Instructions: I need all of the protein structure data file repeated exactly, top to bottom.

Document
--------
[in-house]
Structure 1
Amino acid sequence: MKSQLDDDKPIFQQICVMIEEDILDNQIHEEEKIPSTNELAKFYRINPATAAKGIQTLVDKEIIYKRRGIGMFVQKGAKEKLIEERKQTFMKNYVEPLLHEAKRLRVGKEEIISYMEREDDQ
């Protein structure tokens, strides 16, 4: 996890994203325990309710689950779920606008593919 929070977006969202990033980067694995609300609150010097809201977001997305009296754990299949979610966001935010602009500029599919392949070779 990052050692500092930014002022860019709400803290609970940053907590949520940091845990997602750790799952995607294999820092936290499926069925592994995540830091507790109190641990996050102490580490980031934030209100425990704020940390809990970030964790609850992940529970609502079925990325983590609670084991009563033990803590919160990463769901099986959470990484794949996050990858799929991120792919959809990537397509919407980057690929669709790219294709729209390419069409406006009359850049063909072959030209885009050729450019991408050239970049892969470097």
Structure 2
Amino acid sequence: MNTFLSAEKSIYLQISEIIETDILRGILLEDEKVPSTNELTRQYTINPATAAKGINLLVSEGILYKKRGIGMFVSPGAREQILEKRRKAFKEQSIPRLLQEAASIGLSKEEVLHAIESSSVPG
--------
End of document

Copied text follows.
[in-house]
Structure 1
Amino acid sequence: MKSQLDDDKPIFQQICVMIEEDILDNQIHEEEKIPSTNELAKFYRINPATAAKGIQTLVDKEIIYKRRGIGMFVQKGAKEKLIEERKQTFMKNYVEPLLHEAKRLRVGKEEIISYMEREDDQ
């Protein structure tokens, strides 16, 4: 996890994203325990309710689950779920606008593919 929070977006969202990033980067694995609300609150010097809201977001997305009296754990299949979610966001935010602009500029599919392949070779 990052050692500092930014002022860019709400803290609970940053907590949520940091845990997602750790799952995607294999820092936290499926069925592994995540830091507790109190641990996050102490580490980031934030209100425990704020940390809990970030964790609850992940529970609502079925990325983590609670084991009563033990803590919160990463769901099986959470990484794949996050990858799929991120792919959809990537397509919407980057690929669709790219294709729209390419069409406006009359850049063909072959030209885009050729450019991408050239970049892969470097």
Structure 2
Amino acid sequence: MNTFLSAEKSIYLQISEIIETDILRGILLEDEKVPSTNELTRQYTINPATAAKGINLLVSEGILYKKRGIGMFVSPGAREQILEKRRKAFKEQSIPRLLQEAASIGLSKEEVLHAIESSSVPG